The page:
Compare any two graphics cards:
Radeon HD 5970 vs Radeon HD 6990
IntroThe Radeon HD 5970 makes use of a 40 nm design. AMD has clocked the core speed at 725 MHz. The GDDR5 RAM runs at a speed of 1000 MHz on this model. It features 1600 SPUs along with 160 TAUs and 64 ROPs.
Compare all that to the Radeon HD 6990, which features GPU core speed of 830 MHz, and 2048 MB of GDDR5 memory set to run at 1250 MHz through a 256-bit bus. It also is made up of 1536 Stream Processors, 96 TAUs, and 32 ROPs.
(No game benchmarks for this combination yet.)
Power Usage and Theoretical Benchmarks
Power Consumption (Max TDP)
The Radeon HD 6990 should in theory perform much faster than the Radeon HD 5970 in general. (explain)
Texel RateThe Radeon HD 5970 should be much (about 46%) faster with regards to AF than the Radeon HD 6990. (explain)
Pixel RateIf using lots of anti-aliasing is important to you, then the Radeon HD 5970 is the winner, by far. (explain)
Please note that the above 'benchmarks' are all just theoretical - the results were calculated based on the card's specifications, and real-world performance may (and probably will) vary at least a bit.
One or more cards in this comparison are multi-core. This means that their bandwidth, texel and pixel rates are theoretically doubled - this does not mean the card will actually perform twice as fast, but only that it should in theory be able to. Actual game benchmarks will give a more accurate idea of what it's capable of.
Please note that the price comparisons are based on search keywords - sometimes it might show cards with very similar names that are not exactly the same as the one chosen in the comparison. We do try to filter out the wrong results as best we can, though.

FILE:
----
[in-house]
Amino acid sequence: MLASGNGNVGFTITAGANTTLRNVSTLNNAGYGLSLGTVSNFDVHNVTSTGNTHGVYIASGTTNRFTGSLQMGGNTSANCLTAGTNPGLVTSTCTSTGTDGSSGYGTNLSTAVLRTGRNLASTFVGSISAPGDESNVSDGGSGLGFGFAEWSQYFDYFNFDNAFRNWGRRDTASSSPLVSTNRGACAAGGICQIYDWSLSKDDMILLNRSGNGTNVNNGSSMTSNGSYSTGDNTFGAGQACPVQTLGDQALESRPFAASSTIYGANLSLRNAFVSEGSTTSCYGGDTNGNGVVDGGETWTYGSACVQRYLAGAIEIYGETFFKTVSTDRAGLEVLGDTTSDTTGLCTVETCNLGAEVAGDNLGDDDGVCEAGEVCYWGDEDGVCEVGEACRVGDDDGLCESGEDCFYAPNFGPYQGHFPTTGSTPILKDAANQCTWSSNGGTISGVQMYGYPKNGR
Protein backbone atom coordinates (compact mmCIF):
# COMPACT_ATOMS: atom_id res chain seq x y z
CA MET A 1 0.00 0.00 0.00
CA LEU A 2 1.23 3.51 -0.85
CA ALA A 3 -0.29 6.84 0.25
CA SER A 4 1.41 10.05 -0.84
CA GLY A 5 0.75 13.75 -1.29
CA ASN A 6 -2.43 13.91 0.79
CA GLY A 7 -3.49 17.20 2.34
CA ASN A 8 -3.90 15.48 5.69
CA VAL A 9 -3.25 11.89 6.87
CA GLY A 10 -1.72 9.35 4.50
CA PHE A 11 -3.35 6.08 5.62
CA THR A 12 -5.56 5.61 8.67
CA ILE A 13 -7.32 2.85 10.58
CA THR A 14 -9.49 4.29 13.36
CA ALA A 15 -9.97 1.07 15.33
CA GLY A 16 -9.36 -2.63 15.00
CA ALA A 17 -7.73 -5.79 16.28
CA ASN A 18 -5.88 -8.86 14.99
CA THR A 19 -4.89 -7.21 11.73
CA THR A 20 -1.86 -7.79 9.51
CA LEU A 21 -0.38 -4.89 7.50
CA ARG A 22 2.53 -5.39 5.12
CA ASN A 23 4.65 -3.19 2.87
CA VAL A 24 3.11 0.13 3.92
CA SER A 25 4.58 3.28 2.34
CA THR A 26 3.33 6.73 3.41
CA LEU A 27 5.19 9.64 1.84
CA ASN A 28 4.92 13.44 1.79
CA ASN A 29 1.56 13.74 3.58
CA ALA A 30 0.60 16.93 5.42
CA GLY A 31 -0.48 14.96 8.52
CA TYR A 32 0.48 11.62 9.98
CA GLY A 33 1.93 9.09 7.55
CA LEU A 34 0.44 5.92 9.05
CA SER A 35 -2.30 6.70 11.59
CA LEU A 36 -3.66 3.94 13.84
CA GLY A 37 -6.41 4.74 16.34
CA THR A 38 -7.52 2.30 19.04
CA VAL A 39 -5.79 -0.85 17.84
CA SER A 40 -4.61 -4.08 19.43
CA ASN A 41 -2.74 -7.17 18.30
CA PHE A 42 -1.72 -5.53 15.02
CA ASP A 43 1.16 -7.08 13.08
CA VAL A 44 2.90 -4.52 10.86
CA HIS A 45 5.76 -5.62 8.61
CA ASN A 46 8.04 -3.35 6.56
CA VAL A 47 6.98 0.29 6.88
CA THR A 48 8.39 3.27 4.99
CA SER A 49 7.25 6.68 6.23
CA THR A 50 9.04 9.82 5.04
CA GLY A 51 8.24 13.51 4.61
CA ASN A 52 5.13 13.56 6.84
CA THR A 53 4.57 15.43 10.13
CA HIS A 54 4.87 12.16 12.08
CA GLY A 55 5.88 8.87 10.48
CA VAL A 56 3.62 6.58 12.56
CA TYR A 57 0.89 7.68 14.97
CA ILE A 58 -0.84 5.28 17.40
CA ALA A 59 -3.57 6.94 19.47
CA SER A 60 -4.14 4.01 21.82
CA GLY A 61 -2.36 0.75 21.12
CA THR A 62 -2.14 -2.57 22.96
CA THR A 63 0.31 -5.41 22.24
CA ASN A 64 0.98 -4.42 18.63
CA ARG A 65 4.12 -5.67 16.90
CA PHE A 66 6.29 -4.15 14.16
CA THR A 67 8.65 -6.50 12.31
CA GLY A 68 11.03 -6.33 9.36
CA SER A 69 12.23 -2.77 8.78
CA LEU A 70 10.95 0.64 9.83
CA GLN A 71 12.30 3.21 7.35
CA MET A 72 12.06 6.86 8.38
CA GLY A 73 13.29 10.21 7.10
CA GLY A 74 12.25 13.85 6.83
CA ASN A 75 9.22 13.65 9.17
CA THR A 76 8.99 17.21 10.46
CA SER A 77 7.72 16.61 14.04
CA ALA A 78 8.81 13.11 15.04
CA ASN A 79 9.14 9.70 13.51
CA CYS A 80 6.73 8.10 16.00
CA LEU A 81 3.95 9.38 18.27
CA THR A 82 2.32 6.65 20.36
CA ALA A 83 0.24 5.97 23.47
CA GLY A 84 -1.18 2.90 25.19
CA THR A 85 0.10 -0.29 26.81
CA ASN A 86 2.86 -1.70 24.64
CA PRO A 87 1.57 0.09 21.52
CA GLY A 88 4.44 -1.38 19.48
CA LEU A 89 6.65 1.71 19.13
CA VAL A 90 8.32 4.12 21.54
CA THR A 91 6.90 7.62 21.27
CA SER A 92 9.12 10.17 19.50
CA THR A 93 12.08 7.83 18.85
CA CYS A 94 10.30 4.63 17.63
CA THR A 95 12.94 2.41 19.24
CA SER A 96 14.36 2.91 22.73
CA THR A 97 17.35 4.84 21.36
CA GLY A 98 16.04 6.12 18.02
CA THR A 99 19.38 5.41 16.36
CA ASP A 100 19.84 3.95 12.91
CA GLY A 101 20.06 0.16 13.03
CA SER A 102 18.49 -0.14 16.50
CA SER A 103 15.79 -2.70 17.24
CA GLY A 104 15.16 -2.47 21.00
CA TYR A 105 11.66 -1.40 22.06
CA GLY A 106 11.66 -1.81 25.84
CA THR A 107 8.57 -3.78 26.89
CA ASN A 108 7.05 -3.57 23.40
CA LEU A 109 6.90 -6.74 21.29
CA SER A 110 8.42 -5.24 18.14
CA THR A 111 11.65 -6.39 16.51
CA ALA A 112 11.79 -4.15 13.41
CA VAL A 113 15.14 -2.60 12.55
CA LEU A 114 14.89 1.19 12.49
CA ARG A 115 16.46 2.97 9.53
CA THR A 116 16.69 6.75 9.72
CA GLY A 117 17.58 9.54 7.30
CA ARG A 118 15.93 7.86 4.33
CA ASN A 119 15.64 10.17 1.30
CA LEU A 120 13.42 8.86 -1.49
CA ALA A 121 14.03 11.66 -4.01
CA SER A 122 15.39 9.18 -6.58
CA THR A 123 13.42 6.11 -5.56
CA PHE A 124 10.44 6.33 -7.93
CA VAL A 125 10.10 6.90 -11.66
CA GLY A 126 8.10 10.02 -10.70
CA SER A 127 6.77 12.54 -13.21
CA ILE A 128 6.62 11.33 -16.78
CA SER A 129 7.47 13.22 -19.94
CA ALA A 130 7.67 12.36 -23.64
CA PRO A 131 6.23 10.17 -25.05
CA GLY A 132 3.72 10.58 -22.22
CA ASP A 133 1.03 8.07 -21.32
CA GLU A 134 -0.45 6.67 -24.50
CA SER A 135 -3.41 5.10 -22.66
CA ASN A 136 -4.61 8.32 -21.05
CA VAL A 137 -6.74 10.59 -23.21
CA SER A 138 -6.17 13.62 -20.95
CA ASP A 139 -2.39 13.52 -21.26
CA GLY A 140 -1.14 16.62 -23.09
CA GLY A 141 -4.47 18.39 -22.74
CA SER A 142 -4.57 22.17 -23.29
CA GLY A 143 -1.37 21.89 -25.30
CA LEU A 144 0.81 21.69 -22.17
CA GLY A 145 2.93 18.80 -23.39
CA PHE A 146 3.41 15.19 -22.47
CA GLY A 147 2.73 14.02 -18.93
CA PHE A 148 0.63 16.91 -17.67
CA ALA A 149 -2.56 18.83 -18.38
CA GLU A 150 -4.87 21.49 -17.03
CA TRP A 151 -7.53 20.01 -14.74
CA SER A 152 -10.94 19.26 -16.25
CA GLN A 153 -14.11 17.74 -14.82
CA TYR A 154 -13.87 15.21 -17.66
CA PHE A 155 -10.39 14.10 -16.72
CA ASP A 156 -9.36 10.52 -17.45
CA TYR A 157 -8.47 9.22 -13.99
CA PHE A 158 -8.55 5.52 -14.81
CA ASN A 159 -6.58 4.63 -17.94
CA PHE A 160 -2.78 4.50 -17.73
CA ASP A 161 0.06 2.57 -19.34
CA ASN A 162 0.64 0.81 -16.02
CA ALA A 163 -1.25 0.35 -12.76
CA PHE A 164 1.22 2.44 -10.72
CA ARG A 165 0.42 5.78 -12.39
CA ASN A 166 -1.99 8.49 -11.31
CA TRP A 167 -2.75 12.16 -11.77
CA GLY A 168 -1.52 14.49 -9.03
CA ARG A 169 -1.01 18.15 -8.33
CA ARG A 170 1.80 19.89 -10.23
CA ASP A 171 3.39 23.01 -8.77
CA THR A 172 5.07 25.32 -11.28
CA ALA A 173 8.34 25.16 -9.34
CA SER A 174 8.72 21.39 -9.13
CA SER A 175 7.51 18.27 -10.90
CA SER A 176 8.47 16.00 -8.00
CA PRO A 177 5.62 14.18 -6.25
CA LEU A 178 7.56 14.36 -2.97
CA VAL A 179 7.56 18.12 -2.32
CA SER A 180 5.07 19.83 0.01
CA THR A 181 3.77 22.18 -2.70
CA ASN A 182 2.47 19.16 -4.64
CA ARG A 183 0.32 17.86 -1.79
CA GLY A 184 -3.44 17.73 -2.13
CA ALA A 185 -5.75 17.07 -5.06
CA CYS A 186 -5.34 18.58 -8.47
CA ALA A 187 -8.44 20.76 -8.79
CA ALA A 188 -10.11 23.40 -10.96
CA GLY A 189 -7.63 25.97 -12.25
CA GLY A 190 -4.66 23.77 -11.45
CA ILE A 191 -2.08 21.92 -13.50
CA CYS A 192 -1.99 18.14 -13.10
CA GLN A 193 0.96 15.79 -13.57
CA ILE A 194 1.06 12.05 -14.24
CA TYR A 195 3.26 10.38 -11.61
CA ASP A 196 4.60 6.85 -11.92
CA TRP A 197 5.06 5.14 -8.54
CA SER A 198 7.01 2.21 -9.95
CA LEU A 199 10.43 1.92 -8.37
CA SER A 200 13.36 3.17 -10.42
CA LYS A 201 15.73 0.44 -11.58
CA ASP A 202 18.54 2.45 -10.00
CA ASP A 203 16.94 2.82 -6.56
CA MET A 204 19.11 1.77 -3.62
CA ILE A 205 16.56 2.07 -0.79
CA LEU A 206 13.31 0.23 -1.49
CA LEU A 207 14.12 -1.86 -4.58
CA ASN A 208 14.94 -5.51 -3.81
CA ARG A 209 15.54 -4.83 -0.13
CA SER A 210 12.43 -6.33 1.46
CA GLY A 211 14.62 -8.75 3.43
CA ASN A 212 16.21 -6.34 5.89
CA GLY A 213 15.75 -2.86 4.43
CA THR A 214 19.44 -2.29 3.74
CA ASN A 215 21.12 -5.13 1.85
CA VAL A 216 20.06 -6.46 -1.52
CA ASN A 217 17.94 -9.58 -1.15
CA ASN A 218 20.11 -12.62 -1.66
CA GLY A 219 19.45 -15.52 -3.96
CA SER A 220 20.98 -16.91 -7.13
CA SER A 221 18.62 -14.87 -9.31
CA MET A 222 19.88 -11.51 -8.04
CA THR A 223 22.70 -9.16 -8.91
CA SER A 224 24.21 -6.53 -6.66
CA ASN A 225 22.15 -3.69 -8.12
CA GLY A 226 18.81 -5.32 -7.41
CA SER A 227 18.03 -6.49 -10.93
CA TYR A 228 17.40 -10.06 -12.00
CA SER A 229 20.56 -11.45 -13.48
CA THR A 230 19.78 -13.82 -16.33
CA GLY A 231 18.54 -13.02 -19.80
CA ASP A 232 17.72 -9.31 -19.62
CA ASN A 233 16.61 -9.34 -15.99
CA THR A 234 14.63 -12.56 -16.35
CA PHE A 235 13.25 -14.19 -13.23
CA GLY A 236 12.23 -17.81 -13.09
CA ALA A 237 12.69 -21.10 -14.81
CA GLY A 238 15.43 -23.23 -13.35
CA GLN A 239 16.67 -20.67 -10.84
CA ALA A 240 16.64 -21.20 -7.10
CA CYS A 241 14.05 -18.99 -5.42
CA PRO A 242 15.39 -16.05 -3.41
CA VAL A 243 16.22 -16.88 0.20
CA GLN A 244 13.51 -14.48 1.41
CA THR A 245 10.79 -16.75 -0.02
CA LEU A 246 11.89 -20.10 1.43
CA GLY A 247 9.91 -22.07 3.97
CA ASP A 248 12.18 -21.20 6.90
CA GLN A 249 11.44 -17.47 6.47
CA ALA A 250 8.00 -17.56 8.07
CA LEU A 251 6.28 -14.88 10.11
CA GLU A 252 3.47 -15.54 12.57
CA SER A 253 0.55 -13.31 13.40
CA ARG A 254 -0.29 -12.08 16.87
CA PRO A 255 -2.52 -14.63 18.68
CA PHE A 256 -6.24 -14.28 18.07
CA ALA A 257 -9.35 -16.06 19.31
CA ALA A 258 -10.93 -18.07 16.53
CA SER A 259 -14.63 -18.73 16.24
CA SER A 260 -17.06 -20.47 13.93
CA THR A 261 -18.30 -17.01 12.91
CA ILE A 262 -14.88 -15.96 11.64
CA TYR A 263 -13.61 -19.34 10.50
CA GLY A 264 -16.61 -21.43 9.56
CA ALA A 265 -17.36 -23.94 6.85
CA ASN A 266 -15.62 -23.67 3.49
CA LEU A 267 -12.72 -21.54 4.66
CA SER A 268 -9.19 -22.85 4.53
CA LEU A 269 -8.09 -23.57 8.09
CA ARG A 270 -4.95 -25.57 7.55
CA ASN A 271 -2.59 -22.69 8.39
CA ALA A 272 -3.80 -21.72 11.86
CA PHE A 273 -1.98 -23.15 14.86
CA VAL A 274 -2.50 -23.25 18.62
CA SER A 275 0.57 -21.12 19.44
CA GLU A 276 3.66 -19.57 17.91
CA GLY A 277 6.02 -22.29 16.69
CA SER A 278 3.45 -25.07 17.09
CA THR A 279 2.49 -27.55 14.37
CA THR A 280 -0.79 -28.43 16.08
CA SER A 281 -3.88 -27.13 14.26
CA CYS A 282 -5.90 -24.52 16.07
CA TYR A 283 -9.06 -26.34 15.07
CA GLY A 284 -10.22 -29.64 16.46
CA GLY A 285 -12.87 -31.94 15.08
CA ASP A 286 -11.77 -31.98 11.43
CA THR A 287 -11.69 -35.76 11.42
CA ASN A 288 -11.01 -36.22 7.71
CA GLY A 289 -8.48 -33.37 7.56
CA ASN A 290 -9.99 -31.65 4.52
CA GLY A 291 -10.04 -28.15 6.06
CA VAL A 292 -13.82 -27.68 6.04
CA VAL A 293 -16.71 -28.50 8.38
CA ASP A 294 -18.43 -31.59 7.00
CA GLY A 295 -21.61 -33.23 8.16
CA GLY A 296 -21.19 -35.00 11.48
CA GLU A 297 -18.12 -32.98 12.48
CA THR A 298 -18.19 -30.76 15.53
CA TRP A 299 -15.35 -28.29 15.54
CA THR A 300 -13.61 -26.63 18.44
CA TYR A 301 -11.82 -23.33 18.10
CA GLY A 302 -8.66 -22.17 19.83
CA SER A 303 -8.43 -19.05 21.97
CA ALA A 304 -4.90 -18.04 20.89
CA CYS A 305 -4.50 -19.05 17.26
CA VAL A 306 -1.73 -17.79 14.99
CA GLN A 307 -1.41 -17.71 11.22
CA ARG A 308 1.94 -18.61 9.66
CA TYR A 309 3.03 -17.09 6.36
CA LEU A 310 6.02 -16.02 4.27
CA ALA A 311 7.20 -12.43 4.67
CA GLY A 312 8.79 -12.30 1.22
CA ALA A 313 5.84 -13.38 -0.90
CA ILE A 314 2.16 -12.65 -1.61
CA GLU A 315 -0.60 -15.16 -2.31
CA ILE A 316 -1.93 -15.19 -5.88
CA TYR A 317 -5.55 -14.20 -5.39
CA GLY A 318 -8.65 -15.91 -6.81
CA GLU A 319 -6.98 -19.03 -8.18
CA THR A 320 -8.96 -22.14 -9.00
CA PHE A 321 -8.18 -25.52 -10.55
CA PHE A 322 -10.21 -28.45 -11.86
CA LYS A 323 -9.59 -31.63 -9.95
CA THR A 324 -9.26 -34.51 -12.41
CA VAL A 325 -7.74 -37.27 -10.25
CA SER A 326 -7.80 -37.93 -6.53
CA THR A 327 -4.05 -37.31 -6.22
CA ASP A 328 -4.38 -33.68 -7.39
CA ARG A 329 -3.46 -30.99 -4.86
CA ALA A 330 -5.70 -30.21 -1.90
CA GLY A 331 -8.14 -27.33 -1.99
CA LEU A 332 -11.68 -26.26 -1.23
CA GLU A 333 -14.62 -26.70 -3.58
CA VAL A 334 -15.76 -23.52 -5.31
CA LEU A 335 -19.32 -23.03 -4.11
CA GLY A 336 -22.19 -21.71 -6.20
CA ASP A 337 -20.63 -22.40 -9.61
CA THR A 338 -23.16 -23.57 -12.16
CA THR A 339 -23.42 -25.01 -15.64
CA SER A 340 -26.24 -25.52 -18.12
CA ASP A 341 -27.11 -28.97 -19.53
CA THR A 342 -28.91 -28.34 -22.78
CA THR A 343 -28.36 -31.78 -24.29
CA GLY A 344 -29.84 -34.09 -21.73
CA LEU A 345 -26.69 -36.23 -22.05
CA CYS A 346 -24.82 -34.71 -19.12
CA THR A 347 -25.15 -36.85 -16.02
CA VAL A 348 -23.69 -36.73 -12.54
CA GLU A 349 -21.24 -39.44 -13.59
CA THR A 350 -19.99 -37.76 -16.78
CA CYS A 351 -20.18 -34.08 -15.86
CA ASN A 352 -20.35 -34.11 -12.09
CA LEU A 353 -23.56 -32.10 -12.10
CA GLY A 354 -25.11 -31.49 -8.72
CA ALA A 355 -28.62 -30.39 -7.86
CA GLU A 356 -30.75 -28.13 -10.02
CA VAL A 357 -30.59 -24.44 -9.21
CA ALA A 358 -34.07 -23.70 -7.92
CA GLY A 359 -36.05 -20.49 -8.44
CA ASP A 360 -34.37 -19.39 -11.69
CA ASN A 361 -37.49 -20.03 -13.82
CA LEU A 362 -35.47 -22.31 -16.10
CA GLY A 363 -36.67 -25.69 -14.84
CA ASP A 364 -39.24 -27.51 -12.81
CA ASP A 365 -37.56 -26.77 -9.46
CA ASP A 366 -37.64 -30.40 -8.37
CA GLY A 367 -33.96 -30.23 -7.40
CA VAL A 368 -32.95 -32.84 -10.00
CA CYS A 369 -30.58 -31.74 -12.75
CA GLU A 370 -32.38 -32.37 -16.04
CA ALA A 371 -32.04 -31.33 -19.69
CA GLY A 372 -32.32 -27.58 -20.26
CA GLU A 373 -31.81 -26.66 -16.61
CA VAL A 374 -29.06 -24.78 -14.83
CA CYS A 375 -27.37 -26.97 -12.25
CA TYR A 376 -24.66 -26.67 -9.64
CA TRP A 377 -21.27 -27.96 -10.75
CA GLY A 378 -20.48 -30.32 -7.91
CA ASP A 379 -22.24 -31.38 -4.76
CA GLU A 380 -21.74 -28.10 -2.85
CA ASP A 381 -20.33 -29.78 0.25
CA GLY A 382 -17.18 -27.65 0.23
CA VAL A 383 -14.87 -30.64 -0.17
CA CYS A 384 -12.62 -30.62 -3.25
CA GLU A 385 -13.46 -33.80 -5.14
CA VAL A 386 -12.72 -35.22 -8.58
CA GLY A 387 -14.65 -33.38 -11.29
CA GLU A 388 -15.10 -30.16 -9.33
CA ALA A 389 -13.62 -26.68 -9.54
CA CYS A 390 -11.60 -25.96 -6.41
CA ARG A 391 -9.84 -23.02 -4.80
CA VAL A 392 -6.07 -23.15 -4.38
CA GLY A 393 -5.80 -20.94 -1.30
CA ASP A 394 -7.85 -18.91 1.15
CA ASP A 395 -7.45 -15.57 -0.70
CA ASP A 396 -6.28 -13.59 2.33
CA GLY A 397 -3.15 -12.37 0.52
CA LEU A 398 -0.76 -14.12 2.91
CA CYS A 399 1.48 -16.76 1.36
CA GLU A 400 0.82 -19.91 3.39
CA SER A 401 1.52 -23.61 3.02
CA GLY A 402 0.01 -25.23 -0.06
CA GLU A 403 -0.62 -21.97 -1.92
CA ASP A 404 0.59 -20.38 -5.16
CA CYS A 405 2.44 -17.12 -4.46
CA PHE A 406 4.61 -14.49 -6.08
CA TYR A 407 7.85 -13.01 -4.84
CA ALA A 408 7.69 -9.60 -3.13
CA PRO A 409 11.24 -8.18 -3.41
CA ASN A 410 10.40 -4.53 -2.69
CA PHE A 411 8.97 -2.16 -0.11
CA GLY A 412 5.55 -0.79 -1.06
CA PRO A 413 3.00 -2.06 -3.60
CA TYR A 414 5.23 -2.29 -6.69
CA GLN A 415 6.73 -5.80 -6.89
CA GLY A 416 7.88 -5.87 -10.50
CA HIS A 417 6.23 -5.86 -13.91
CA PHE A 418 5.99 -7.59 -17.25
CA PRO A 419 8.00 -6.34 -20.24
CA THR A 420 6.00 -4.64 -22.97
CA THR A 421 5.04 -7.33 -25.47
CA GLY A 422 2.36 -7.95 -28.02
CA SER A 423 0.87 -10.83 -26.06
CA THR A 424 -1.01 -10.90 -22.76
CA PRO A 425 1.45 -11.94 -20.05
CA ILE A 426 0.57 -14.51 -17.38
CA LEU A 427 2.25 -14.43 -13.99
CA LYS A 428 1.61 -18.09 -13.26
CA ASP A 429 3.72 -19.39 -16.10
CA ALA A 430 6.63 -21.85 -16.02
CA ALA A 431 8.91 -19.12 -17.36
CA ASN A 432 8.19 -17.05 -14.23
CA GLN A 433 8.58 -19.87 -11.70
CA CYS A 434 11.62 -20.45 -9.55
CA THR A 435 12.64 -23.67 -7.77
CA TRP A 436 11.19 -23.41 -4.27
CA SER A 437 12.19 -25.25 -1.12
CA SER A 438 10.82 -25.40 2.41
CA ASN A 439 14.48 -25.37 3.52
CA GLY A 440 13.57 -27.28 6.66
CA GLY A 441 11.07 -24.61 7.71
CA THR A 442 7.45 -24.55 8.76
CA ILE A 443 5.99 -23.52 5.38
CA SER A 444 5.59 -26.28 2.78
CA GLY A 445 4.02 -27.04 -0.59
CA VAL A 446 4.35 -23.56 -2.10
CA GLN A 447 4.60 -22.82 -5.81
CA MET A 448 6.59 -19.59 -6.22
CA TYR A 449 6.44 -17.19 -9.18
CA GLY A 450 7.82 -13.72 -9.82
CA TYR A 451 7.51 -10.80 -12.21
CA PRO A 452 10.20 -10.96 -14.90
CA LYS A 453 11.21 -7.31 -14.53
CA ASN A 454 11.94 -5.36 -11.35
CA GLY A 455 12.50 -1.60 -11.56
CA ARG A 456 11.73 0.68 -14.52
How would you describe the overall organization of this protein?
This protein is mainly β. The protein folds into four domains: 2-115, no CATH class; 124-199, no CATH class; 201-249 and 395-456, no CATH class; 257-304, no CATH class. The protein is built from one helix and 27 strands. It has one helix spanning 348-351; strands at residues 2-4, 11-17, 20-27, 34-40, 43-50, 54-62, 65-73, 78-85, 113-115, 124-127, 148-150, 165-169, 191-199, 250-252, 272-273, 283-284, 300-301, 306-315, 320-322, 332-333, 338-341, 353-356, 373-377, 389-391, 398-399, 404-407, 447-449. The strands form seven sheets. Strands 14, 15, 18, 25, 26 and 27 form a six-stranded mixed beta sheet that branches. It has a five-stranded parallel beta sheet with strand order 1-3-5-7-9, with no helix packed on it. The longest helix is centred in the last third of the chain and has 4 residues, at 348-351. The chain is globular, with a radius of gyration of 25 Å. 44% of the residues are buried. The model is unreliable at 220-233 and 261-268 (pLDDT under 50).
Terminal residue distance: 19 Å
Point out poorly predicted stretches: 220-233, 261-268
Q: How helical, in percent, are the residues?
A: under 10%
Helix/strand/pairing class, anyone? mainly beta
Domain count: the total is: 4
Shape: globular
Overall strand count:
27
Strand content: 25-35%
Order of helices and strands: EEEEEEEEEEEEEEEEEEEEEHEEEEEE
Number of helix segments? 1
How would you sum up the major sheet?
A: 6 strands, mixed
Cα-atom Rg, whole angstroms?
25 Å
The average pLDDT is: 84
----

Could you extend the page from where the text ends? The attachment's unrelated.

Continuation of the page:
Memory Bandwidth: Memory bandwidth is the maximum amount of information (counted in megabytes per second) that can be moved over the external memory interface within a second. The number is calculated by multiplying the interface width by its memory speed. If it uses DDR memory, it must be multiplied by 2 again. If it uses DDR5, multiply by ANOTHER 2x. The better the bandwidth is, the better the card will be in general. It especially helps with AA, High Dynamic Range and high resolutions.
Texel Rate: Texel rate is the maximum texture map elements (texels) that are processed per second. This figure is calculated by multiplying the total amount of texture units of the card by the core clock speed of the chip. The higher the texel rate, the better the video card will be at handling texture filtering (anisotropic filtering - AF). It is measured in millions of texels per second.
Pixel Rate: Pixel rate is the most pixels the graphics card can possibly record to the local memory in a second - measured in millions of pixels per second. Pixel rate is calculated by multiplying the number of Render Output Units by the clock speed of the card. ROPs (Raster Operations Pipelines - also sometimes called Render Output Units) are responsible for outputting the pixels (image) to the screen. The actual pixel fill rate is also dependant on lots of other factors, especially the memory bandwidth of the card - the lower the memory bandwidth is, the lower the ability to get to the maximum fill rate.